A pure libertarian might argue that in an ideal world, there’d be no need for government-subsidized housing for low- and moderate-income households. Nevertheless, it seems to me that in the world we actually live in, even people generally opposed to the welfare state should favor more such housing. This is so for several reasons.
First, government raises the cost of housing through a wide variety of regulations- some justified (e.g. building codes necessary for safety), some not-so-justified (e.g. exclusionary zoning). These regulations, by raising the cost of housing, effectively take money from all households. And because these restrictions aren’t based on ability to pay, they are especially painful for low-income households. Public housing and similar programs, rather than being a subsidy to the undeserving poor, are merely compensation for this act of plunder.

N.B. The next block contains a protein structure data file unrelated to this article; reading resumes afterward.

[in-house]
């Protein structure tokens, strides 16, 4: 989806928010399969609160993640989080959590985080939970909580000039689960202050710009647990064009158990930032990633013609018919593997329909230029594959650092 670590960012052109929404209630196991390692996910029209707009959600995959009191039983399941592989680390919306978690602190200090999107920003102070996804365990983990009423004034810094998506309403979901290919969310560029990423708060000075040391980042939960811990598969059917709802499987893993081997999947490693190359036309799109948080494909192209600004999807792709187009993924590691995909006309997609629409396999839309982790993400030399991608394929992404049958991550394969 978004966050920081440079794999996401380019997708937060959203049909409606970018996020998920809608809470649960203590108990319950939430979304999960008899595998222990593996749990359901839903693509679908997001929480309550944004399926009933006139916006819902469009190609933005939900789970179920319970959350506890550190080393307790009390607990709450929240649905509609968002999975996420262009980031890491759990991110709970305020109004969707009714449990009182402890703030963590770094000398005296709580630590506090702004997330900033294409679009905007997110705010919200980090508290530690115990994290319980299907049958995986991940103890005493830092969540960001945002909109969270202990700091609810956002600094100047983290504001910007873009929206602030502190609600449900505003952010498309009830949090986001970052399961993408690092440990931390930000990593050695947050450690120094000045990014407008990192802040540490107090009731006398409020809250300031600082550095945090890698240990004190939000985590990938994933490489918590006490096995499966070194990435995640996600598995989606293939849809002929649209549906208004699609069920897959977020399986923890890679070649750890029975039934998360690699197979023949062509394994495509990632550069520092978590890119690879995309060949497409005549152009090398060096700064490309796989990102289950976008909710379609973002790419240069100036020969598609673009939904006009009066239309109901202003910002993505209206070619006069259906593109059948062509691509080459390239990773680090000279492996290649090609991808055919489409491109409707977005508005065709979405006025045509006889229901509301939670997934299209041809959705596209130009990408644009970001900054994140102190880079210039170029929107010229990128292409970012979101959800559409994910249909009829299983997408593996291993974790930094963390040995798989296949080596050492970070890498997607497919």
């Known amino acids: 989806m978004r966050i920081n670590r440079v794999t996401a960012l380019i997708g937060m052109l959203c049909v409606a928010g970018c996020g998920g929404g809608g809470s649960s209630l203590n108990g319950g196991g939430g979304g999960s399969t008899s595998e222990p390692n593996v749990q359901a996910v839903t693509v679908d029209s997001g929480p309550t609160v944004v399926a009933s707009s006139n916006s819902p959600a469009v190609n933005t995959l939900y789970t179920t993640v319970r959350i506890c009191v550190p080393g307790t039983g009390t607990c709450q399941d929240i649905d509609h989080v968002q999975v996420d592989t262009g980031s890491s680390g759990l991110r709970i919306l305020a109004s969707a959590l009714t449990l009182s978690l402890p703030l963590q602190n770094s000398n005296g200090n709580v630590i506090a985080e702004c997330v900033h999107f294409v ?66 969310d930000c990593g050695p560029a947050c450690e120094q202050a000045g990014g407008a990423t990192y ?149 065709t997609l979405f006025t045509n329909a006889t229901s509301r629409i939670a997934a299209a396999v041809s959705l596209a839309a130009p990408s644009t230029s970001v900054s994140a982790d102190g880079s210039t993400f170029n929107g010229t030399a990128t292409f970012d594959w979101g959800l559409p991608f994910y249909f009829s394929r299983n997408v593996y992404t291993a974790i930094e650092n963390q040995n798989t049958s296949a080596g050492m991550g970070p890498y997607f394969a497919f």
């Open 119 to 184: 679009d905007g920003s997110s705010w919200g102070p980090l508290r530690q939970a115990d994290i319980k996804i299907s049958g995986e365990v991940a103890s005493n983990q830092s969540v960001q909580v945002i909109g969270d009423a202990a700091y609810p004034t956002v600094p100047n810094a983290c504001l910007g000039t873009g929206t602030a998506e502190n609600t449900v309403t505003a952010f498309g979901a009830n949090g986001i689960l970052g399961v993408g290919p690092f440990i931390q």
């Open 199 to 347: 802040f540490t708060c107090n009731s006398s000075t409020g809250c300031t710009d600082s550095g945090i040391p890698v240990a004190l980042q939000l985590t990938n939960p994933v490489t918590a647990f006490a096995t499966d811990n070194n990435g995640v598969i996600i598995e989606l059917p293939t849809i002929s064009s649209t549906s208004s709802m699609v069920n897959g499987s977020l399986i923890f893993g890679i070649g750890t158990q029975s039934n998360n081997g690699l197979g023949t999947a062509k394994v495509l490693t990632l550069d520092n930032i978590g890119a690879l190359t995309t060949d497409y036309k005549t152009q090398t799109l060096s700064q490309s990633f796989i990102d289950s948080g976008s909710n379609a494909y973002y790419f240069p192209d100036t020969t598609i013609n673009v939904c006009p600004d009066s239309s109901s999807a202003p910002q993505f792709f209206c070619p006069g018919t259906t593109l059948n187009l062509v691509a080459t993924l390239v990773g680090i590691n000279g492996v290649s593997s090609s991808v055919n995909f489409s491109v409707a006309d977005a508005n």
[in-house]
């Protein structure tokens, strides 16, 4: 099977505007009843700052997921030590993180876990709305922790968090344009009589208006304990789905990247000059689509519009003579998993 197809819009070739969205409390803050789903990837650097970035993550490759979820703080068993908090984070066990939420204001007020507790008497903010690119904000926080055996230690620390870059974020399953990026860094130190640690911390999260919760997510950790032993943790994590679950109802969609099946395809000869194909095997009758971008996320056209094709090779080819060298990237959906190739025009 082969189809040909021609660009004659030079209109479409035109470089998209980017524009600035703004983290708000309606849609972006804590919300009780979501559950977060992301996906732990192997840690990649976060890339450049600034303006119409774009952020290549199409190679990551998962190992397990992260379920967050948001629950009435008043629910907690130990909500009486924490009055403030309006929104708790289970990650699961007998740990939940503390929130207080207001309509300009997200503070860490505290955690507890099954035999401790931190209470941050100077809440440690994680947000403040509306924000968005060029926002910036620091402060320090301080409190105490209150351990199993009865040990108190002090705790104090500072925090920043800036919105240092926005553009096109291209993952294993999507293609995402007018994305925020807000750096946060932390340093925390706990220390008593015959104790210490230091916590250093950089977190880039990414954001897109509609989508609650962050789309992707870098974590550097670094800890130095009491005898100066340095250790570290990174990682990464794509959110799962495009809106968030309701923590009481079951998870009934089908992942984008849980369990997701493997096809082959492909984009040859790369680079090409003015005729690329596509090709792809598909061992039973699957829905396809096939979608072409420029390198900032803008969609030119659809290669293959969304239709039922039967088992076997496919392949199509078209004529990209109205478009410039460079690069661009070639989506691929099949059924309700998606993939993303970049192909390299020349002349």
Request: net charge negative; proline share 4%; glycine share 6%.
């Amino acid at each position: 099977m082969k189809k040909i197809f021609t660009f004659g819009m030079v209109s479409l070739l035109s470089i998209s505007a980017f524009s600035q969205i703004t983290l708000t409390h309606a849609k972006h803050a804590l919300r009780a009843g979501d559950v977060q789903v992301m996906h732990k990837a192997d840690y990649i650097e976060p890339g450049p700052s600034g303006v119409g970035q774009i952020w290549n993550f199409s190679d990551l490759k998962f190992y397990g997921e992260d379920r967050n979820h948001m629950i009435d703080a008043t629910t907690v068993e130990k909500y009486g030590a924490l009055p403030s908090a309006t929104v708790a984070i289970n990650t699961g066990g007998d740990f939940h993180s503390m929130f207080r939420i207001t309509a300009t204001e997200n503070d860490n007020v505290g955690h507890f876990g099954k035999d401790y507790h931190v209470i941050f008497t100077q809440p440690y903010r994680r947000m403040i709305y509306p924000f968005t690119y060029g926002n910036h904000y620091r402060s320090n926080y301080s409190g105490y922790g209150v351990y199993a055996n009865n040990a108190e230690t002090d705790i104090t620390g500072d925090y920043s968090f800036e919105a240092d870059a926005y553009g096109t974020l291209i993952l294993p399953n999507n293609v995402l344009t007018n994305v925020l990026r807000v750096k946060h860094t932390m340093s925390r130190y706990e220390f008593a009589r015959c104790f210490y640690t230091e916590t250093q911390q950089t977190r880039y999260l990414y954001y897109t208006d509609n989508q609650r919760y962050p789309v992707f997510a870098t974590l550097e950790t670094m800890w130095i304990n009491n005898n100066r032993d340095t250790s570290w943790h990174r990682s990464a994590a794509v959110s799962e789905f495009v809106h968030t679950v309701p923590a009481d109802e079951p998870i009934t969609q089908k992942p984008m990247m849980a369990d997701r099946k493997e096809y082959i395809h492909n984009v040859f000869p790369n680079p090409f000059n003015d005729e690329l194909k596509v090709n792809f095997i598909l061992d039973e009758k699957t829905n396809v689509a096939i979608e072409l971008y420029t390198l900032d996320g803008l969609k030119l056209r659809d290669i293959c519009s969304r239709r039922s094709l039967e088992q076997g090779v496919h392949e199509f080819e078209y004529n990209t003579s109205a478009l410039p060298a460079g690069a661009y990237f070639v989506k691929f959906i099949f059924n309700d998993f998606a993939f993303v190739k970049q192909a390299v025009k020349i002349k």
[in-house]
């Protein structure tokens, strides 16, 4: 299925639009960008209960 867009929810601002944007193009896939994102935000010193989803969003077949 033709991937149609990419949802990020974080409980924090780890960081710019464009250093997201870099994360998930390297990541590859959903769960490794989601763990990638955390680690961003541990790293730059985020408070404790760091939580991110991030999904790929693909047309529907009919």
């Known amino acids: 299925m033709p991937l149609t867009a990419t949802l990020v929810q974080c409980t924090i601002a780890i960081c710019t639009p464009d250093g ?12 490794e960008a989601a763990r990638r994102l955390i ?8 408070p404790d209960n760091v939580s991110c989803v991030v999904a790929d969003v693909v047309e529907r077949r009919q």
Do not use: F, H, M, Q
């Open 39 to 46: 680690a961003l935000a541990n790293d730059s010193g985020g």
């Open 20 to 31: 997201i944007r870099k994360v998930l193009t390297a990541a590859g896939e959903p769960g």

Second, even if the United States abolished zoning tomorrow, it might take decades for housing supply to increase enough to bring rents down. So in the interim, lower-income households would still be suffering from the effects of zoning, and would deserve compensation just as much as they do under the status quo.
Third, even if the United States abolished zoning and similar restrictions tomorrow, public health and safety might support certain restrictions that nevertheless increase the cost of housing- for example, some basic safety protections in building codes. It seems to me that as a matter of justice, government should not be forcing people into homelessness, so government should subsidize housing in order to make up for the costs imposed by even the most legitimate regulations.
Finally, even if there were no housing-related regulations at all, the cost of land would create a floor under housing costs, which means some people would be homeless without government support. So if homelessness creates harmful social externalities of any kind, you might want social policies that prevent such homelessness.